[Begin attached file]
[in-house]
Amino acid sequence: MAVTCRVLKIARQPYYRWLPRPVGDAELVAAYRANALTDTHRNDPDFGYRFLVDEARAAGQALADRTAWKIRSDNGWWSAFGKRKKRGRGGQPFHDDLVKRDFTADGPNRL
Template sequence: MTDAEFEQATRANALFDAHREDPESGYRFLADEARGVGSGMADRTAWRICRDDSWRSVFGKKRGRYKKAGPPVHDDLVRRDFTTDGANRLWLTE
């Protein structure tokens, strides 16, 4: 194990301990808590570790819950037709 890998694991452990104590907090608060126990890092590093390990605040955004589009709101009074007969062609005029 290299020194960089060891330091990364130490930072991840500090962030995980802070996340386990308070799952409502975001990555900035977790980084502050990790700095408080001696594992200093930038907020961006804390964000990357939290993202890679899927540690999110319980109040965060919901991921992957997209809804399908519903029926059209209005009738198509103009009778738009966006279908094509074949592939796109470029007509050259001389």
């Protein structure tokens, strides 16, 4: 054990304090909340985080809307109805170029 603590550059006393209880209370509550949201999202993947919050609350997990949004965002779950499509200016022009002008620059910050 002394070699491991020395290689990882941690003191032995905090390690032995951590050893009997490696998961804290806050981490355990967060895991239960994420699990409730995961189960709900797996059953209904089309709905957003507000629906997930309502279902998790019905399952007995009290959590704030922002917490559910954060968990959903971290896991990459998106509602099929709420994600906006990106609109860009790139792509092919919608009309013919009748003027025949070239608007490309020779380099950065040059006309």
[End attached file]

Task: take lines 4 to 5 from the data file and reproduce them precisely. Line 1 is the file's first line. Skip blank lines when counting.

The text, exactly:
């Protein structure tokens, strides 16, 4: 194990301990808590570790819950037709 890998694991452990104590907090608060126990890092590093390990605040955004589009709101009074007969062609005029 290299020194960089060891330091990364130490930072991840500090962030995980802070996340386990308070799952409502975001990555900035977790980084502050990790700095408080001696594992200093930038907020961006804390964000990357939290993202890679899927540690999110319980109040965060919901991921992957997209809804399908519903029926059209209005009738198509103009009778738009966006279908094509074949592939796109470029007509050259001389």
């Protein structure tokens, strides 16, 4: 054990304090909340985080809307109805170029 603590550059006393209880209370509550949201999202993947919050609350997990949004965002779950499509200016022009002008620059910050 002394070699491991020395290689990882941690003191032995905090390690032995951590050893009997490696998961804290806050981490355990967060895991239960994420699990409730995961189960709900797996059953209904089309709905957003507000629906997930309502279902998790019905399952007995009290959590704030922002917490559910954060968990959903971290896991990459998106509602099929709420994600906006990106609109860009790139792509092919919608009309013919009748003027025949070239608007490309020779380099950065040059006309």